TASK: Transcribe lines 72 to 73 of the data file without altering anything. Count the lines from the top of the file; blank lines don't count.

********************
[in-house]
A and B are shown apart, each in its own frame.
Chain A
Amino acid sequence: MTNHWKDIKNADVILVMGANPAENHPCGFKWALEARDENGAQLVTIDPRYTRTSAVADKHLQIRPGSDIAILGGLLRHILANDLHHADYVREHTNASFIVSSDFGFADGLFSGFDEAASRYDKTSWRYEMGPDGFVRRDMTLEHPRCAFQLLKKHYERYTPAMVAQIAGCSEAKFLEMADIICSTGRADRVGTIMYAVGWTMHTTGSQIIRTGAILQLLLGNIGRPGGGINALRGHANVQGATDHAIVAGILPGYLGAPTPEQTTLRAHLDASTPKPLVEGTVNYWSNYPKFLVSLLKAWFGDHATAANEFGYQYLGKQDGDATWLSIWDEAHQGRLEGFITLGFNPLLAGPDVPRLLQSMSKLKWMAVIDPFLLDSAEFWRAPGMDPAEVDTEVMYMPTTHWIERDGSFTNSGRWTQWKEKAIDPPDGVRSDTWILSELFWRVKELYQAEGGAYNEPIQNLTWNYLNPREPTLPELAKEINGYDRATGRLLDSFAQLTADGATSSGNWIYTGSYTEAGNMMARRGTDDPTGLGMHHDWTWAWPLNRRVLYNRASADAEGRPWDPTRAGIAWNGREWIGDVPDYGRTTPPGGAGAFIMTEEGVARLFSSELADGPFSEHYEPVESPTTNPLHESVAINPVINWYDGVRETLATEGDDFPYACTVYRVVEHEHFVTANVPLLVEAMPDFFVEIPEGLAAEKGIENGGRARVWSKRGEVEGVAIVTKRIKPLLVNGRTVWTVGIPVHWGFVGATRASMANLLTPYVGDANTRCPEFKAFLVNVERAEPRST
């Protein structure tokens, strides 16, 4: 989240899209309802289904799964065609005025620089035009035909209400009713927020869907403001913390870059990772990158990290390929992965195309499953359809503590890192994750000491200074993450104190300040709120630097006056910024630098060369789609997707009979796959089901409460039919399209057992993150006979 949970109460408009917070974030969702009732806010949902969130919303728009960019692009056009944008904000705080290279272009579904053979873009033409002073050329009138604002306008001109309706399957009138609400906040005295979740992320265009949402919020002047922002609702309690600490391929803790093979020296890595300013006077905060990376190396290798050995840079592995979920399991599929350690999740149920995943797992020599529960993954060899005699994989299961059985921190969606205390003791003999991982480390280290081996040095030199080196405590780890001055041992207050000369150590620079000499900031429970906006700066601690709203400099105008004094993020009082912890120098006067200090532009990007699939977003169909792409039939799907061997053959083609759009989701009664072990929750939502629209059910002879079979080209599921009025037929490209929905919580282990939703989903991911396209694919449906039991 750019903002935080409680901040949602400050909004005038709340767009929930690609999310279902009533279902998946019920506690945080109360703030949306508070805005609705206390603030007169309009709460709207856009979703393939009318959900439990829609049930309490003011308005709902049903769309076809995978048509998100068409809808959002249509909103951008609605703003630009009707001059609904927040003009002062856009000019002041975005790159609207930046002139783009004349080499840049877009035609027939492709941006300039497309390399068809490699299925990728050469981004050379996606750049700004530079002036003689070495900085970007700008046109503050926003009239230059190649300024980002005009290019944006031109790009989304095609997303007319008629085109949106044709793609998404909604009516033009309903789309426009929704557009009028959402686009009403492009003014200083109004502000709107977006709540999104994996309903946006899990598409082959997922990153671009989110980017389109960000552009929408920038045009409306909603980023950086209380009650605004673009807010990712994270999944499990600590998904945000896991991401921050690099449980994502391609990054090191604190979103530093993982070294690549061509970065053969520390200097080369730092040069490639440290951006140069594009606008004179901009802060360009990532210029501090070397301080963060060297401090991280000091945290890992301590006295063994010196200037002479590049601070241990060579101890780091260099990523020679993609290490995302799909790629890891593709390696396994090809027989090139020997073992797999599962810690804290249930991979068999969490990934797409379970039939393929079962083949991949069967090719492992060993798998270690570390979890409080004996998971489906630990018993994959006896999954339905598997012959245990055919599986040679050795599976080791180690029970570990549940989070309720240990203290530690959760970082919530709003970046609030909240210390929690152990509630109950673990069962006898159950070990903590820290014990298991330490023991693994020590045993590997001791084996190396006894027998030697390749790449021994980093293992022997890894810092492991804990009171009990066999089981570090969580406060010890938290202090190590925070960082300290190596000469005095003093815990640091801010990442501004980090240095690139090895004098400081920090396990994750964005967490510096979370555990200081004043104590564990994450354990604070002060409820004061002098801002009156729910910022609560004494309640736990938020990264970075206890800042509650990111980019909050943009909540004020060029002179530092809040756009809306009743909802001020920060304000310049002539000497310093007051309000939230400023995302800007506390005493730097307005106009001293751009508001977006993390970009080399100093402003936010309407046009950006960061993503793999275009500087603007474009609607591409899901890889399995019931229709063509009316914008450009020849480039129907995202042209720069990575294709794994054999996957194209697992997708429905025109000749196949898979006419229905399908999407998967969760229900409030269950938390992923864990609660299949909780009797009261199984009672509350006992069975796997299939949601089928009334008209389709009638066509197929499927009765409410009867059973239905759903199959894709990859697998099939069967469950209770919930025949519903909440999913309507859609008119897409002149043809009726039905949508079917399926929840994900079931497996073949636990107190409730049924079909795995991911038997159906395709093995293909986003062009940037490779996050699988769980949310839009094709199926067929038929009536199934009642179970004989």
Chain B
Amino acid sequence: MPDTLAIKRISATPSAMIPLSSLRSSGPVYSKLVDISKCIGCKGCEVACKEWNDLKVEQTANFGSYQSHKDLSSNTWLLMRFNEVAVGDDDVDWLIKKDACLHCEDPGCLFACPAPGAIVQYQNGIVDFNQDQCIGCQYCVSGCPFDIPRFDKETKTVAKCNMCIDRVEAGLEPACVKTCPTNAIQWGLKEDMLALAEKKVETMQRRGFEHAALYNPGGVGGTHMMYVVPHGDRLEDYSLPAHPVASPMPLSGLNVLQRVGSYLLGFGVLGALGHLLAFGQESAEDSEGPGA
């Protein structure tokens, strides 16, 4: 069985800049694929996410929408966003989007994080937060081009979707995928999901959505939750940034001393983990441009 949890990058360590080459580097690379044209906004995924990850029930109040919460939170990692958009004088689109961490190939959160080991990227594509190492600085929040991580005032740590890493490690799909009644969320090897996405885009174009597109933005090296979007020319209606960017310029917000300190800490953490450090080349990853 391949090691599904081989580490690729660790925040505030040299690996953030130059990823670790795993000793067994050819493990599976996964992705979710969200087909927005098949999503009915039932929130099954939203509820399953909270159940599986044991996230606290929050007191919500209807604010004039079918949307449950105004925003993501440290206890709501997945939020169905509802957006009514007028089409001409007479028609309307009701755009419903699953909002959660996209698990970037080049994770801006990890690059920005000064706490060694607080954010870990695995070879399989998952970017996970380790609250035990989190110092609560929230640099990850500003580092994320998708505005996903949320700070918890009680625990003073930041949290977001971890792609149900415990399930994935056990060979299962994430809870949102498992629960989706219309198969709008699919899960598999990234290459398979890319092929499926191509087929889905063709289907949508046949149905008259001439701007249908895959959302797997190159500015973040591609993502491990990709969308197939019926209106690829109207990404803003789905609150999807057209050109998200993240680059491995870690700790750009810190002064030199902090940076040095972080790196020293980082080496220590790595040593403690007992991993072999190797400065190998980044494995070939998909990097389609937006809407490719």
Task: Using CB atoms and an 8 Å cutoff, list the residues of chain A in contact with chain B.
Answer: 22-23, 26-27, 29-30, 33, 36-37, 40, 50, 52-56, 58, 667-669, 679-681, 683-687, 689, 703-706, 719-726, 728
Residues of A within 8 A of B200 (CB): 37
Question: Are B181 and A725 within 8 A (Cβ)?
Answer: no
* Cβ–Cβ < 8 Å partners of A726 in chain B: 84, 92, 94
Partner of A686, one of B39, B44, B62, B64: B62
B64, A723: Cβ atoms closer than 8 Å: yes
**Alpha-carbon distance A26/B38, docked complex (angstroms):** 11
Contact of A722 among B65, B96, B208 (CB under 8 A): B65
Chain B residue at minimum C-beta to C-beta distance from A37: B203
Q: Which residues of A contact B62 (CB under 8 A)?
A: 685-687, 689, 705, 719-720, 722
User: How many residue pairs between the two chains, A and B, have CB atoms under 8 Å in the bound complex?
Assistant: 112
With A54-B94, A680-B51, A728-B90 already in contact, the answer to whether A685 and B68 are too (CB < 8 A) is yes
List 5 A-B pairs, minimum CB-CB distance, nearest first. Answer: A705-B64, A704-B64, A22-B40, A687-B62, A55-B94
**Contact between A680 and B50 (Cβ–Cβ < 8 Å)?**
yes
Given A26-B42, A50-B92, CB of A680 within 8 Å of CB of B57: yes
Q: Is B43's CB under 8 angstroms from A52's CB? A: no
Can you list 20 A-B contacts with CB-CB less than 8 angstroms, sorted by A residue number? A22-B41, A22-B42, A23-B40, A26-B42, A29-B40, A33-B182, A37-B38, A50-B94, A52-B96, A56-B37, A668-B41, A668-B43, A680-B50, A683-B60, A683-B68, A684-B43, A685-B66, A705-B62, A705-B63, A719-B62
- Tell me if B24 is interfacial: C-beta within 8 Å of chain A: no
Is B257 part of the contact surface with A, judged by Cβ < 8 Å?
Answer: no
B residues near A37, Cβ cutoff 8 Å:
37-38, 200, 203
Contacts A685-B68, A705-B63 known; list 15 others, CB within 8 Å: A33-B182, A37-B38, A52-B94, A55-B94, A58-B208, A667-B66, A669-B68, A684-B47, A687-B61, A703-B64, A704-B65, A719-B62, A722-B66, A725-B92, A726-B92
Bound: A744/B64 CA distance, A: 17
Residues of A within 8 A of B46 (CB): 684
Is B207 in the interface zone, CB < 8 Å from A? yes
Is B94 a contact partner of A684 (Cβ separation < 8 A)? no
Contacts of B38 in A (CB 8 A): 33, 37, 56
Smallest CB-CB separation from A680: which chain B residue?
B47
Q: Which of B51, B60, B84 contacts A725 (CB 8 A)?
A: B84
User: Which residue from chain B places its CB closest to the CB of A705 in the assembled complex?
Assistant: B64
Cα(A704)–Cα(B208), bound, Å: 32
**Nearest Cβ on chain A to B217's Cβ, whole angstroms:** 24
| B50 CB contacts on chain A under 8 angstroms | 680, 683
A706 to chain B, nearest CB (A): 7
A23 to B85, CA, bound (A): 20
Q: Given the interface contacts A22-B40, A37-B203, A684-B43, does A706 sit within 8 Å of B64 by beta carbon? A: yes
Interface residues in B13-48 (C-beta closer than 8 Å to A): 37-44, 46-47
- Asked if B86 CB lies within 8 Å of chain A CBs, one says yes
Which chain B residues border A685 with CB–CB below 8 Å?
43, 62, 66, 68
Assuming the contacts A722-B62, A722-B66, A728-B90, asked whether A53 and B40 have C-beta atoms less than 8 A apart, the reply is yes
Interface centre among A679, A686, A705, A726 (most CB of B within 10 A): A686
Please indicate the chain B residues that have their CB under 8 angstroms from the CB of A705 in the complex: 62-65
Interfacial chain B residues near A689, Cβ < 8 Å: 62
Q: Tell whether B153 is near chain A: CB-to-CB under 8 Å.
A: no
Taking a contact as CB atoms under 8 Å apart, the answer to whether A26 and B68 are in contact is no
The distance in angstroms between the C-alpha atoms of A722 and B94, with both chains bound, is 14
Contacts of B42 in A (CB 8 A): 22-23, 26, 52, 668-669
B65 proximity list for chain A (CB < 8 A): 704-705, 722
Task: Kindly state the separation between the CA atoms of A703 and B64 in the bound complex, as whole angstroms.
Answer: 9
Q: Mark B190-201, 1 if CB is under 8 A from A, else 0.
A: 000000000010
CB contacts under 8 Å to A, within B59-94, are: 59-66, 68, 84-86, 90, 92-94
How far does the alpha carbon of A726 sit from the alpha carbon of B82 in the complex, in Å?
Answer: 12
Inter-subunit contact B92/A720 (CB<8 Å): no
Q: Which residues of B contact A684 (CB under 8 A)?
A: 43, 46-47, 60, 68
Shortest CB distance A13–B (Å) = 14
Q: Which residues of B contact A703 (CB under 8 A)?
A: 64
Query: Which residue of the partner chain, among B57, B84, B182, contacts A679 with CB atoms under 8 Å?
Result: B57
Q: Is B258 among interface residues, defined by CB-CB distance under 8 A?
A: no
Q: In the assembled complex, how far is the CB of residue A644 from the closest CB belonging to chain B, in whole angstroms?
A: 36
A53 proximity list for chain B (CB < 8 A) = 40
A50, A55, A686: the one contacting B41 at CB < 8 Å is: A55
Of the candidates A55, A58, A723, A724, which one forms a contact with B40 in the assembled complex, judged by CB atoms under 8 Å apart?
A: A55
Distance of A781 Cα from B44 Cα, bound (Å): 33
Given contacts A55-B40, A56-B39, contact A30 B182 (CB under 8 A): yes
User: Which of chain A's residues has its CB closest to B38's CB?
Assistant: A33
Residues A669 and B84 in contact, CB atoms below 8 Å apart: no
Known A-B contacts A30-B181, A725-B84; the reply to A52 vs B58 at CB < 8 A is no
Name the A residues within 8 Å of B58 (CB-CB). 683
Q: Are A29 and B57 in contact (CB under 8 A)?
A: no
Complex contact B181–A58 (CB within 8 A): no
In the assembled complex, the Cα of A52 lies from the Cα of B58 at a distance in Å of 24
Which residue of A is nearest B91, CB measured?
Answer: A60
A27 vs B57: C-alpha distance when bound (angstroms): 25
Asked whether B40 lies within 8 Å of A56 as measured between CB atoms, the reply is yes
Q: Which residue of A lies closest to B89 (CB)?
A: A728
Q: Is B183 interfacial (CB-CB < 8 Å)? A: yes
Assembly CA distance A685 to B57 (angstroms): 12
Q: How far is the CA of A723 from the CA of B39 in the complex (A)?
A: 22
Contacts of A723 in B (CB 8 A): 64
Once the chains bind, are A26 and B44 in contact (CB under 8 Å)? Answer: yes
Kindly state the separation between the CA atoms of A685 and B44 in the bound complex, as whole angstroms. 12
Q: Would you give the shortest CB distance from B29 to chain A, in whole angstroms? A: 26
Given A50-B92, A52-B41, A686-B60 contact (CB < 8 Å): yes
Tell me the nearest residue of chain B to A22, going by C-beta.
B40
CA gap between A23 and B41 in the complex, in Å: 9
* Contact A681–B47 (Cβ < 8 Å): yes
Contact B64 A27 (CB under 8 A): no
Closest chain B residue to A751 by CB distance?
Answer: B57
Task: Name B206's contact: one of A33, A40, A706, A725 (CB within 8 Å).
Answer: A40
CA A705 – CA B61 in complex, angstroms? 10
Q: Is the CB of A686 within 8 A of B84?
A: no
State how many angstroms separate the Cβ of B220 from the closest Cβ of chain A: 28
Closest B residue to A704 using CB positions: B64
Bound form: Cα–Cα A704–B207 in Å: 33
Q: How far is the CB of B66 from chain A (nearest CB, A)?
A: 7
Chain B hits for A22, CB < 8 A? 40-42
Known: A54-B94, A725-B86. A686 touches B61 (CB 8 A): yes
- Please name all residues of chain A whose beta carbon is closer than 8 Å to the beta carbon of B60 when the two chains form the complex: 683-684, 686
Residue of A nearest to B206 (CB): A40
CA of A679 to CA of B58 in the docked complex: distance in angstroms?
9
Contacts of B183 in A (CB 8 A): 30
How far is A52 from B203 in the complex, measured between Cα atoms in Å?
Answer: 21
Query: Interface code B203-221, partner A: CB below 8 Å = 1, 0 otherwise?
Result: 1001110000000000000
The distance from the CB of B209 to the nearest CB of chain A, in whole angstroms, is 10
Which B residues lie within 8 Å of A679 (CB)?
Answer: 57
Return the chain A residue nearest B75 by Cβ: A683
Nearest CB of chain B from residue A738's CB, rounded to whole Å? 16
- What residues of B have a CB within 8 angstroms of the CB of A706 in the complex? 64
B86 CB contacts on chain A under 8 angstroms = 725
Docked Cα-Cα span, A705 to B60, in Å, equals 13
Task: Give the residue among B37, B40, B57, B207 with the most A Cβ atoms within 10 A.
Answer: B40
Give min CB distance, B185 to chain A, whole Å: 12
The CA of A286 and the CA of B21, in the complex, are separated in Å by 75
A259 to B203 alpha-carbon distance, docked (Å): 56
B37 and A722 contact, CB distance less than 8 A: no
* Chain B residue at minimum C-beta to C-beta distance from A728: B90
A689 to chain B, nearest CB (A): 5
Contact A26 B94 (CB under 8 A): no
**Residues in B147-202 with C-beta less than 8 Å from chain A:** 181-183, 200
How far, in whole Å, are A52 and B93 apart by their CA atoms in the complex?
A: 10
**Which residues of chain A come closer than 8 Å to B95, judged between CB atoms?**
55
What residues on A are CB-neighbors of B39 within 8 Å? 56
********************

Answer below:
CB contacts under 8 Å to A, within B59-94, are: 59-66, 68, 84-86, 90, 92-94
How far does the alpha carbon of A726 sit from the alpha carbon of B82 in the complex, in Å?